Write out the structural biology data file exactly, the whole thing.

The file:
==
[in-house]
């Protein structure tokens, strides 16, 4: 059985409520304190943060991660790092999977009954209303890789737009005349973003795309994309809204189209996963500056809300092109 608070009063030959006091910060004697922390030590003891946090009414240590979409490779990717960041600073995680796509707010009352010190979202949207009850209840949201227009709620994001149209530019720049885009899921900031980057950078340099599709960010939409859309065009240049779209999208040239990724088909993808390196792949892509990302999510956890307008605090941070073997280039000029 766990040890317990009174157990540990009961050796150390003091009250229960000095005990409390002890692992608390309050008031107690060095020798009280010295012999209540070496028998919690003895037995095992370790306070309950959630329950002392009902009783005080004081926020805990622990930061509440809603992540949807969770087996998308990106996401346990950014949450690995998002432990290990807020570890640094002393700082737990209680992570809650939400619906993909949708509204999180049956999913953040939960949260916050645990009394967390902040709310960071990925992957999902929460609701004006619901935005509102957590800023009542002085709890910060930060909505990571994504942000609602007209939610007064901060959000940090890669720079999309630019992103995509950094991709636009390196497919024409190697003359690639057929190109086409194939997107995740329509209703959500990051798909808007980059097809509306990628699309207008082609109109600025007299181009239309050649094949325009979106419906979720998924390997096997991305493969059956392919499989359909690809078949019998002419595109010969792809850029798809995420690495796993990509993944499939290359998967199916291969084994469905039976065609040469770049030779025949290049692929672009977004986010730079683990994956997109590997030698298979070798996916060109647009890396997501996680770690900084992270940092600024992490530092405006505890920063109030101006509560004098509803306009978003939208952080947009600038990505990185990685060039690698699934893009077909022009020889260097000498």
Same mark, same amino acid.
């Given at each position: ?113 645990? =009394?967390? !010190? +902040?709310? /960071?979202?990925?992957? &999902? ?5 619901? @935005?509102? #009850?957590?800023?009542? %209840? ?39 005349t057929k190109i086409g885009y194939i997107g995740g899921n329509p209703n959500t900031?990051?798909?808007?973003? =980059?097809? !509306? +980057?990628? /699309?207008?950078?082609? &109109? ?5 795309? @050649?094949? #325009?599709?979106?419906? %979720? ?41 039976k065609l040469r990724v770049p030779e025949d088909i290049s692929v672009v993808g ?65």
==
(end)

[in-house]
């Protein structure tokens, strides 16, 4: 059985409520304190943060991660790092999977009954209303890789737009005349973003795309994309809204189209996963500056809300092109 608070009063030959006091910060004697922390030590003891946090009414240590979409490779990717960041600073995680796509707010009352010190979202949207009850209840949201227009709620994001149209530019720049885009899921900031980057950078340099599709960010939409859309065009240049779209999208040239990724088909993808390196792949892509990302999510956890307008605090941070073997280039000029 766990040890317990009174157990540990009961050796150390003091009250229960000095005990409390002890692992608390309050008031107690060095020798009280010295012999209540070496028998919690003895037995095992370790306070309950959630329950002392009902009783005080004081926020805990622990930061509440809603992540949807969770087996998308990106996401346990950014949450690995998002432990290990807020570890640094002393700082737990209680992570809650939400619906993909949708509204999180049956999913953040939960949260916050645990009394967390902040709310960071990925992957999902929460609701004006619901935005509102957590800023009542002085709890910060930060909505990571994504942000609602007209939610007064901060959000940090890669720079999309630019992103995509950094991709636009390196497919024409190697003359690639057929190109086409194939997107995740329509209703959500990051798909808007980059097809509306990628699309207008082609109109600025007299181009239309050649094949325009979106419906979720998924390997096997991305493969059956392919499989359909690809078949019998002419595109010969792809850029798809995420690495796993990509993944499939290359998967199916291969084994469905039976065609040469770049030779025949290049692929672009977004986010730079683990994956997109590997030698298979070798996916060109647009890396997501996680770690900084992270940092600024992490530092405006505890920063109030101006509560004098509803306009978003939208952080947009600038990505990185990685060039690698699934893009077909022009020889260097000498």
Same mark, same amino acid.
């Given at each position: ?113 645990? =009394?967390? !010190? +902040?709310? /960071?979202?990925?992957? &999902? ?5 619901? @935005?509102? #009850?957590?800023?009542? %209840? ?39 005349t057929k190109i086409g885009y194939i997107g995740g899921n329509p209703n959500t900031?990051?798909?808007?973003? =980059?097809? !509306? +980057?990628? /699309?207008?950078?082609? &109109? ?5 795309? @050649?094949? #325009?599709?979106?419906? %979720? ?41 039976k065609l040469r990724v770049p030779e025949d088909i290049s692929v672009v993808g ?65």